© 2011, Mirror Image Presentations
A caveat: this post has not been edited since it was written, not to reflect the talent, or lack thereof, of the writer. No apologies; the content still holds the same value.
The story of Katie Moore versus Starbucks Coffee that surfaced recently, did not so for notoriety or fame. It surfaced because our society has developed a big problem protecting vulnerable, new, inexperienced teenage workers. Attention to this matter needs to come from the stuffed coffers of companies like Starbucks and McDonalds, who specialize in hiring teenagers. They need to take action to marry thoughts with motion, by putting into place an agenda to protect anyone, not just teenagers, in the work place.
It is unfortunate that Katie Moore became a victim of her boss, Mr. Horton, but in her own words, she did tell him that she, “wanted to have sex with him.” She went on to say that she didn’t say, “no” to him because she, “didn’t want to say no,” just as she had not wanted to say “no” to the seven other adult males with whom she had had sexual relations. A sixteen year old girl with that much sexual experience has to be sending off vibrations laden with pheromones. Being “an AP student making good grades”, as her mother, Mrs. Moore, described her, she might have made the choice to say, “no” to the marijuana, the drugs and the alcohol but she chose instead to say, “yes” to each of them. She then agreed to the ground rules of her sexual relationship with her boss, Mr. Horton. This sounds to me like, not only was she Mr. Horton’s sex toy, but she made him her sex toy as well in a dangerous game of reciprocal play.
That doesn’t make it right for a twenty-four year old adult to abuse anyone, much less a sixteen year old, in the work place. I would, however, expect an advanced placement high school student to have suspected she was in trouble the first time she found herself, “ditching school and dropping everything to respond to a sext message” from — her boss??? Adding to the equation, her comment that “everybody at work knew what was going on”, sounds to me rather consensual. As painful as it is, Katie is learning that, “going through deposition after deposition to be victimized once again” is the outplaying of her own consciousness.
Every thought, word, and action has a consequence and she is now paying that consequence. This too shall pass, and before she’s recovered from this incident, her fifteen minutes of fame will be up. That tiny, little voice that taps us on the shoulder does so for a reason and that reason is to get us to stop and think that we may advance with right action. I hope that Katie’s good grades paid off well enough to have allowed her to at least use her sex appeal to grab a few free lattes and some pound cake. Maybe she even got out of having to do some real work during those interludes in the back office. Now she can ad to her résumé that she takes orders well and that she bends over backwards to serve her boss.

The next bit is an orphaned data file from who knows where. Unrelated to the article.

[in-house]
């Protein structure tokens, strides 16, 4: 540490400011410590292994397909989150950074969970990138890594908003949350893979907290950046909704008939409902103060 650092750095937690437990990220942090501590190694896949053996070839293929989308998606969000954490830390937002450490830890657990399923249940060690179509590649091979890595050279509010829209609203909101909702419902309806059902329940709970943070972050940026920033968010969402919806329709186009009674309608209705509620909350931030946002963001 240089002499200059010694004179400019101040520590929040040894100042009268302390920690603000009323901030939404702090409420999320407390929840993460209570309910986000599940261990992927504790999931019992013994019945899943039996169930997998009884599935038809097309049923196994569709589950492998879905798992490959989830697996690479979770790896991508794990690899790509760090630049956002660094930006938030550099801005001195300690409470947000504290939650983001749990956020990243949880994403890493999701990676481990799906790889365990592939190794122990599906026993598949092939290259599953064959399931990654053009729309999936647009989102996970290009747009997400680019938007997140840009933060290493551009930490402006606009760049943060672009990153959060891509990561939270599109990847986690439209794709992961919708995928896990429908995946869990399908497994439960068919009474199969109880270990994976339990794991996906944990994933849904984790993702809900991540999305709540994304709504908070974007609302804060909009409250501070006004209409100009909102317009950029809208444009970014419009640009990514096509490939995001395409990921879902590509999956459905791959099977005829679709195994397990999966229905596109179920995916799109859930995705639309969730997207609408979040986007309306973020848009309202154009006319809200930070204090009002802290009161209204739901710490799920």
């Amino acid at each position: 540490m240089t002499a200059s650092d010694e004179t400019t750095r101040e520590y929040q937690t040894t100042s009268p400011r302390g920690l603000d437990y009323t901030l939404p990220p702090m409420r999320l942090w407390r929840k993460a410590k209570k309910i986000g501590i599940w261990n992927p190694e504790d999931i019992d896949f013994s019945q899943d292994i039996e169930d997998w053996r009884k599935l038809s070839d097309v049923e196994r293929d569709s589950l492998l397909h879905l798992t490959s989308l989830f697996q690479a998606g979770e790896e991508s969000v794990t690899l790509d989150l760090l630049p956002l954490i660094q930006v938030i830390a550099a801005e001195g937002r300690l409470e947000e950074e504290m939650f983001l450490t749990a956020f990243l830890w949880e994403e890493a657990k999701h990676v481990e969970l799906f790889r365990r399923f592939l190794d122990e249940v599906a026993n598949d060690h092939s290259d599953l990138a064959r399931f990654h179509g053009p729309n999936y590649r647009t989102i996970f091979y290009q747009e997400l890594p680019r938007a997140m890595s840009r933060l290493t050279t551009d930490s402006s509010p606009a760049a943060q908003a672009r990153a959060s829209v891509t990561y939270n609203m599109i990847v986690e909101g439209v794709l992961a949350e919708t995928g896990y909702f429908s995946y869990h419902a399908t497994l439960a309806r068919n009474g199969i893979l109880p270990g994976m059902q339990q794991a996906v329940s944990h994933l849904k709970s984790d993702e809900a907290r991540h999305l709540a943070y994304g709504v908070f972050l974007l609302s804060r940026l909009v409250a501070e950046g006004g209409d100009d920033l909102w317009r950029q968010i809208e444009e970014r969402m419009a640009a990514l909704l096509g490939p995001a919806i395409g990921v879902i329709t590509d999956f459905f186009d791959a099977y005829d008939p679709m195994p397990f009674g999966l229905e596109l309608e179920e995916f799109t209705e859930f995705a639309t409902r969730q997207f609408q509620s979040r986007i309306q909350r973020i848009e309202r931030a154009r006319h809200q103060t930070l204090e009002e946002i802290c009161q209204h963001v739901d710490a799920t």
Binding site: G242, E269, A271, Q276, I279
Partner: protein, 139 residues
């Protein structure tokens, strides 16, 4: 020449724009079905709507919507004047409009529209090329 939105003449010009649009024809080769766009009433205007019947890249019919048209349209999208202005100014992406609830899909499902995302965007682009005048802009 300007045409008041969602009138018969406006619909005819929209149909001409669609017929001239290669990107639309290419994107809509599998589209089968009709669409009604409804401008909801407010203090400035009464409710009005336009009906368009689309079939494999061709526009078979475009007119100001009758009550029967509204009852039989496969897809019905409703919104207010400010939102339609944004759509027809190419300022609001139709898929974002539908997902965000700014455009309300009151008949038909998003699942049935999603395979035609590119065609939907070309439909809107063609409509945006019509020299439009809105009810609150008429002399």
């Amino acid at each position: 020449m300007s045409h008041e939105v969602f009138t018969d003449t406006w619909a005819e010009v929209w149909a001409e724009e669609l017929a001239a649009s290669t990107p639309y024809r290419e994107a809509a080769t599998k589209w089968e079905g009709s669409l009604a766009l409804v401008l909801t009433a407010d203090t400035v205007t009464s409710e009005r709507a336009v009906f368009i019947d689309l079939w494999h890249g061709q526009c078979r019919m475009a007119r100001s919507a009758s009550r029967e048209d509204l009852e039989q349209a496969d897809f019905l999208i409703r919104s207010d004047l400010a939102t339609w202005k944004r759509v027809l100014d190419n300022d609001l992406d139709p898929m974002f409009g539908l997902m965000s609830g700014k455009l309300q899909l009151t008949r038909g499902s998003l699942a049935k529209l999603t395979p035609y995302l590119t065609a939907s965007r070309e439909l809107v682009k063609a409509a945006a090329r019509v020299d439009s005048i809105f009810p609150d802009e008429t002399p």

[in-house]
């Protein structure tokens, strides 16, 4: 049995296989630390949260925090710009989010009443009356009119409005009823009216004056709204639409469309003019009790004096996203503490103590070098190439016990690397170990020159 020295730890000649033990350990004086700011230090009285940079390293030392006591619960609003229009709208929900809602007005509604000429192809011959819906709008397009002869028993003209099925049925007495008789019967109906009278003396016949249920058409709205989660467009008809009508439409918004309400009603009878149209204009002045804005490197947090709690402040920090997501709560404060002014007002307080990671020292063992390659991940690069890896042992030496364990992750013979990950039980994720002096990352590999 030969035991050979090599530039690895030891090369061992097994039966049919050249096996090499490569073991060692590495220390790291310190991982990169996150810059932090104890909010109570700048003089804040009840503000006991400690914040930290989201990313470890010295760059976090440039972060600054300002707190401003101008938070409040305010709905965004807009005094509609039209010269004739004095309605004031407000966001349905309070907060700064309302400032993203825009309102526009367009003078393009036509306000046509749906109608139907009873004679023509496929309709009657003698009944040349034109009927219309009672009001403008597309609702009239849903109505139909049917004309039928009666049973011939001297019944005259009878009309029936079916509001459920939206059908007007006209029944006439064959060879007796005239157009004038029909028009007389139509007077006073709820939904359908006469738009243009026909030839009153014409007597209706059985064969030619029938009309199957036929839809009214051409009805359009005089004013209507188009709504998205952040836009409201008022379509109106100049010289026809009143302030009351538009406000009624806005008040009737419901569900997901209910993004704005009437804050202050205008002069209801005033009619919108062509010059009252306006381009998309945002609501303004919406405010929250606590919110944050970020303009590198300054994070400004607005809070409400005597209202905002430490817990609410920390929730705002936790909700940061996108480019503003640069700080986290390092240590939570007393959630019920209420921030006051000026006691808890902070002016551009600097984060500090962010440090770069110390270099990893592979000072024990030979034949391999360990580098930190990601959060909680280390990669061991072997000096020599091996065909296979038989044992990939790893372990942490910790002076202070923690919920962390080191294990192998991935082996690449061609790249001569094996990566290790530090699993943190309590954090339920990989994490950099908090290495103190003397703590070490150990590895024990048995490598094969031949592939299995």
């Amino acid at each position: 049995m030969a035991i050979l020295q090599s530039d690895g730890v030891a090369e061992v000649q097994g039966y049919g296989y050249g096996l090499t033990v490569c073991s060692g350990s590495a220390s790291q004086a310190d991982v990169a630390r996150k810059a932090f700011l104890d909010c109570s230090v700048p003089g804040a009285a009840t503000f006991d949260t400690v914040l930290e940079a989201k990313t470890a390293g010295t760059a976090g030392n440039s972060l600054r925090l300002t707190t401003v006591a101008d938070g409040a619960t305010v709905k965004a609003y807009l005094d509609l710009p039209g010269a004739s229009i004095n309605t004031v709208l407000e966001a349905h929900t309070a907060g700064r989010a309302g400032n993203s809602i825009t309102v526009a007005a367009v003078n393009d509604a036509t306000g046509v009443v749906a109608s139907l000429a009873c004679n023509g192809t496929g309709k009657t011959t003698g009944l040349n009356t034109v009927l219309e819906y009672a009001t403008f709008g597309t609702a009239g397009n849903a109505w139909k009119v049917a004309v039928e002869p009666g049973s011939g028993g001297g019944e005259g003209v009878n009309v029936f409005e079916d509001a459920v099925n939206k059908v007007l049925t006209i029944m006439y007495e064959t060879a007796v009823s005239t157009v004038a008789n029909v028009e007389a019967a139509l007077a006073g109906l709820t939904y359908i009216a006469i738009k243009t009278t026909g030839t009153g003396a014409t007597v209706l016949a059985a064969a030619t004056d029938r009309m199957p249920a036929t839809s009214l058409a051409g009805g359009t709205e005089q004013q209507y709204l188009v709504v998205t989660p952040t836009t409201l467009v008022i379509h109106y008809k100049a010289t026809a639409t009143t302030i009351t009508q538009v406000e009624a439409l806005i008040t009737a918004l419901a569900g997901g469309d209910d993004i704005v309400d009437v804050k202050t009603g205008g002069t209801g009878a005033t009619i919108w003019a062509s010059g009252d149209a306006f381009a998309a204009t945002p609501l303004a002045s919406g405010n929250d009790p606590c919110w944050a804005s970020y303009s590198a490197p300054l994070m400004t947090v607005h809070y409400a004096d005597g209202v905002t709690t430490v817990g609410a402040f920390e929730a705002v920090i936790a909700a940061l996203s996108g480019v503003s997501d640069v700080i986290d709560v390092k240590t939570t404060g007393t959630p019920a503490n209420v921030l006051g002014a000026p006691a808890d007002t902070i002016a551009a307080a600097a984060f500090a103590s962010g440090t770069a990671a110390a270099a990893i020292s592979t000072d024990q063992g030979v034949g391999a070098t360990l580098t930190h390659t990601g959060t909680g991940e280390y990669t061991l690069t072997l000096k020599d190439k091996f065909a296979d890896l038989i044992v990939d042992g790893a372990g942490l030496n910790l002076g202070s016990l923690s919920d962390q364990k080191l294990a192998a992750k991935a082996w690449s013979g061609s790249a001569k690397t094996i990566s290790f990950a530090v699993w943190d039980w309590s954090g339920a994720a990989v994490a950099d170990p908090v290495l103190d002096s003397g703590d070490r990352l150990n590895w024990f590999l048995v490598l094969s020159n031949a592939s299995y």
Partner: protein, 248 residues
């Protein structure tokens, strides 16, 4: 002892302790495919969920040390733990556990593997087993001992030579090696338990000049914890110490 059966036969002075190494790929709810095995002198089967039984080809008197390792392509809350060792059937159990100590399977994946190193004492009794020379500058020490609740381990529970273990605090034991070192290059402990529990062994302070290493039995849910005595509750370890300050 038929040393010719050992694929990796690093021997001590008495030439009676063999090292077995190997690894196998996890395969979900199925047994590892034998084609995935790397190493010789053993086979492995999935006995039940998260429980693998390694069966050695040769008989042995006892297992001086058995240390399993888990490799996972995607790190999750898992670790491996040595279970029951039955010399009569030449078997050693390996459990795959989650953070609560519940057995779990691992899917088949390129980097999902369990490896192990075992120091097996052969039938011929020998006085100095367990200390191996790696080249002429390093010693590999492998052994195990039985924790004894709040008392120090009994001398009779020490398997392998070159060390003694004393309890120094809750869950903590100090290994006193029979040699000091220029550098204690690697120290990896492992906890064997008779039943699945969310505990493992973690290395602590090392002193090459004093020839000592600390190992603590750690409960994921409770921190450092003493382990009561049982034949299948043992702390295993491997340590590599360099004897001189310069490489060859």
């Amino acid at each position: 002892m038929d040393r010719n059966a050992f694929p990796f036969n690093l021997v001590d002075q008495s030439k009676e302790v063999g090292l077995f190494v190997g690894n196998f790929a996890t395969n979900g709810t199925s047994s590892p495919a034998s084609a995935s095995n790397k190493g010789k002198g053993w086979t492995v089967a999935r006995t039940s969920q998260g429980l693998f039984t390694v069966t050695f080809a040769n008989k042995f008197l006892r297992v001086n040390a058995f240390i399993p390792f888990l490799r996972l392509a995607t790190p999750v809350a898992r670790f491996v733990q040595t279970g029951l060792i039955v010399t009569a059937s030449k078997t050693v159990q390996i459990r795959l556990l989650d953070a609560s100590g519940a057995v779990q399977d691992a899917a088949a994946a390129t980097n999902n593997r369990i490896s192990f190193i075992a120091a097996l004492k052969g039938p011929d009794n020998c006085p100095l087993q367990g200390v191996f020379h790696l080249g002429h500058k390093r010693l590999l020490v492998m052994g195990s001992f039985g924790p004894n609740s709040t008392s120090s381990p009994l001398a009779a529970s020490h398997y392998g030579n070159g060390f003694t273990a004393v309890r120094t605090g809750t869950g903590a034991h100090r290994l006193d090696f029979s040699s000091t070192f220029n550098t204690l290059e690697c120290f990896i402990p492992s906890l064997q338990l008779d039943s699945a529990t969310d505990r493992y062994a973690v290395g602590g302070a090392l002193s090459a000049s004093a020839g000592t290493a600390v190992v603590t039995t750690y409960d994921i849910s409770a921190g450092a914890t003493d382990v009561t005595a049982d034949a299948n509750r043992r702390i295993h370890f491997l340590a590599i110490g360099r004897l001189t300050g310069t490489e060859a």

As in any story, there are always three sides; yours, mine and the truth, and it’s only a matter of time until that surfaces. My hat goes off to Katie’s mother, Mrs. Moore, for her insight. She admits to not having done everything right and to having been blind to the matter. Even the best of parents cannot control every move that their child makes. Speaking of Starbucks, Mrs. Moore adds, “that does not give them a pass; it doesn’t make it excusable” and I must agree with her.
It should be obvious that companies who hire teenagers have a responsibility to protect these under age workers in the work place. But then again, can we rightfully go so far as to hold these companies responsible for the full gamut of crimes that could occur in the work place? Shouldn’t parents who allow their teenagers to work in adult environments hold some responsibility or are we going to blame it on the teachers? For now, company investment in re-training, with focus on the issue of proper working relationships and behavior, is in order.
It seems, Mr. Horton got off easy with a four month prison term. Mrs. Moore says she now has a mission and in retrospect, she seems determined to be an involved, protective parent. It’s rather late for that but perhaps, better late than never may still apply.
The good news is, someone was bright enough to use protection so that this issue doesn’t involve an “unexpected” bundle of joy; perhaps even twins or triplets. Perhaps Katie is smarter than we give her credit for. Her comment, “I definitely think that it’s good to tell my story” may just be what the world needs now, her fifteen minutes of fame through which to bring attention to and heal this issue of work place teenage sexual abuse.
God bless the child.
And God bless me, and everyone in the world who seeks blessing.
And so it is.